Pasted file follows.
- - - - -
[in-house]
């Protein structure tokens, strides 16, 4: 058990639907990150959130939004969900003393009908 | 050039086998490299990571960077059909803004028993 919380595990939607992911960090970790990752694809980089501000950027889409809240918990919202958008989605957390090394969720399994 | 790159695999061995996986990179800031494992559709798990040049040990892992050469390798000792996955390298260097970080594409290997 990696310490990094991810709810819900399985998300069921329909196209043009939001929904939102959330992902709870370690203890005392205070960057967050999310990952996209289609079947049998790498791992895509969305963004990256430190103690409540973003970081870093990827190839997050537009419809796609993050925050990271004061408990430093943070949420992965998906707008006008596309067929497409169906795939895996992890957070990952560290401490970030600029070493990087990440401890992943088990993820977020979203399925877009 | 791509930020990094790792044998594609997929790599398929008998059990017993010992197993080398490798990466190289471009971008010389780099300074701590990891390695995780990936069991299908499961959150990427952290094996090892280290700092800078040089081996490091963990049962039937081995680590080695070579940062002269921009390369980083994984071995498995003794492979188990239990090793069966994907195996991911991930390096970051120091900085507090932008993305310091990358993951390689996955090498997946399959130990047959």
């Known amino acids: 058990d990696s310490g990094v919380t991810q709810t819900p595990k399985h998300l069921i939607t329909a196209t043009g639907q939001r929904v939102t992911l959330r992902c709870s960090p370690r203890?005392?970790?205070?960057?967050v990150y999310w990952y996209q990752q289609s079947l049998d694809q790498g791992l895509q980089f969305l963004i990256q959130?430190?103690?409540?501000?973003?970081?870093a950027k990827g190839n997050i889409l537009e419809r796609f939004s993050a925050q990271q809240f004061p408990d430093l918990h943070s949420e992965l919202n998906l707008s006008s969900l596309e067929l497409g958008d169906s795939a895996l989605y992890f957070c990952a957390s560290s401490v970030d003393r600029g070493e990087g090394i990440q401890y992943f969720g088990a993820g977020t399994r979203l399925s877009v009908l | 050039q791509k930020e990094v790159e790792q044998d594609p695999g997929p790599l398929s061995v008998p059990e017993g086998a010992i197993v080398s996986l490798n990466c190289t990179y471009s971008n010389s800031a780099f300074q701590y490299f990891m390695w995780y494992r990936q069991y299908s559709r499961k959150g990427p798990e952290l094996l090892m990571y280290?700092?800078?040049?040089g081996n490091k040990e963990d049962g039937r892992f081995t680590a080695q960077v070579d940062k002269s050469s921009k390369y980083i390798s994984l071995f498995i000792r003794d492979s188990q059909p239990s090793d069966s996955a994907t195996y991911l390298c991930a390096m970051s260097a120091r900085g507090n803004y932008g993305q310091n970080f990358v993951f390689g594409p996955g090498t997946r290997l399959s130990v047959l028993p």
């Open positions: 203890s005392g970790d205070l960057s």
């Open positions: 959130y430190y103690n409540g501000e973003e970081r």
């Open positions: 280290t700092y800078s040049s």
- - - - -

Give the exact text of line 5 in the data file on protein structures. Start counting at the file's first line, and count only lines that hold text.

């Open positions: 959130y430190y103690n409540g501000e973003e970081r």